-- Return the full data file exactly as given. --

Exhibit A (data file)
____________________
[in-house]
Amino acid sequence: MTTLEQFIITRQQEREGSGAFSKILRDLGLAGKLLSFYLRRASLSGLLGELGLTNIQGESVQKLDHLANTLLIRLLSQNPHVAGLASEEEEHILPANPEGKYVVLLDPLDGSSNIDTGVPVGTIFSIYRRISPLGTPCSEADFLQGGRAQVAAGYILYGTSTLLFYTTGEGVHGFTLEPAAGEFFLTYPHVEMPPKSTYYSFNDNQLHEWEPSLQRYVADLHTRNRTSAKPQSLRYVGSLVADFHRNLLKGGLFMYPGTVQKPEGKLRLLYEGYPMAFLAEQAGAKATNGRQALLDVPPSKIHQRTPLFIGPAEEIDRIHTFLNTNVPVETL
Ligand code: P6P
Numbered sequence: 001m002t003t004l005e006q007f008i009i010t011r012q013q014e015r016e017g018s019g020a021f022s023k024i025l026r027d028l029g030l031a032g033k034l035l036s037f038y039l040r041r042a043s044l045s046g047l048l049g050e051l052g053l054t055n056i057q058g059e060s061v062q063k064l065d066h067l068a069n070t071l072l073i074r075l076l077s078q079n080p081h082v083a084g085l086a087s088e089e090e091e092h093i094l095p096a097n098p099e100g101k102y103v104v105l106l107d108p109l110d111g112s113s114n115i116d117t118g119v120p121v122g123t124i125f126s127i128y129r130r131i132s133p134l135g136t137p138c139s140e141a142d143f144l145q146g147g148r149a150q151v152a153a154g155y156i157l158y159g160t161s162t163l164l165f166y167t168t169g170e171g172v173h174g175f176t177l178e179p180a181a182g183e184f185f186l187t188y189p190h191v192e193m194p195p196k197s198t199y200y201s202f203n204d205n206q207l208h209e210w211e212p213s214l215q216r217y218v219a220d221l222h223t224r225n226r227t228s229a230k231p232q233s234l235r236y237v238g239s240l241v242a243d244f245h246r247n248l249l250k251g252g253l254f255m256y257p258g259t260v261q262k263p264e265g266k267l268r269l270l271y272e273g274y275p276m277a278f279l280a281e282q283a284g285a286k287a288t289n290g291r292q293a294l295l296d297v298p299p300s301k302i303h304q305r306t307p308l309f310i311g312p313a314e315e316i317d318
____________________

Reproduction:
[in-house]
Amino acid sequence: MTTLEQFIITRQQEREGSGAFSKILRDLGLAGKLLSFYLRRASLSGLLGELGLTNIQGESVQKLDHLANTLLIRLLSQNPHVAGLASEEEEHILPANPEGKYVVLLDPLDGSSNIDTGVPVGTIFSIYRRISPLGTPCSEADFLQGGRAQVAAGYILYGTSTLLFYTTGEGVHGFTLEPAAGEFFLTYPHVEMPPKSTYYSFNDNQLHEWEPSLQRYVADLHTRNRTSAKPQSLRYVGSLVADFHRNLLKGGLFMYPGTVQKPEGKLRLLYEGYPMAFLAEQAGAKATNGRQALLDVPPSKIHQRTPLFIGPAEEIDRIHTFLNTNVPVETL
Ligand code: P6P
Numbered sequence: 001m002t003t004l005e006q007f008i009i010t011r012q013q014e015r016e017g018s019g020a021f022s023k024i025l026r027d028l029g030l031a032g033k034l035l036s037f038y039l040r041r042a043s044l045s046g047l048l049g050e051l052g053l054t055n056i057q058g059e060s061v062q063k064l065d066h067l068a069n070t071l072l073i074r075l076l077s078q079n080p081h082v083a084g085l086a087s088e089e090e091e092h093i094l095p096a097n098p099e100g101k102y103v104v105l106l107d108p109l110d111g112s113s114n115i116d117t118g119v120p121v122g123t124i125f126s127i128y129r130r131i132s133p134l135g136t137p138c139s140e141a142d143f144l145q146g147g148r149a150q151v152a153a154g155y156i157l158y159g160t161s162t163l164l165f166y167t168t169g170e171g172v173h174g175f176t177l178e179p180a181a182g183e184f185f186l187t188y189p190h191v192e193m194p195p196k197s198t199y200y201s202f203n204d205n206q207l208h209e210w211e212p213s214l215q216r217y218v219a220d221l222h223t224r225n226r227t228s229a230k231p232q233s234l235r236y237v238g239s240l241v242a243d244f245h246r247n248l249l250k251g252g253l254f255m256y257p258g259t260v261q262k263p264e265g266k267l268r269l270l271y272e273g274y275p276m277a278f279l280a281e282q283a284g285a286k287a288t289n290g291r292q293a294l295l296d297v298p299p300s301k302i303h304q305r306t307p308l309f310i311g312p313a314e315e316i317d318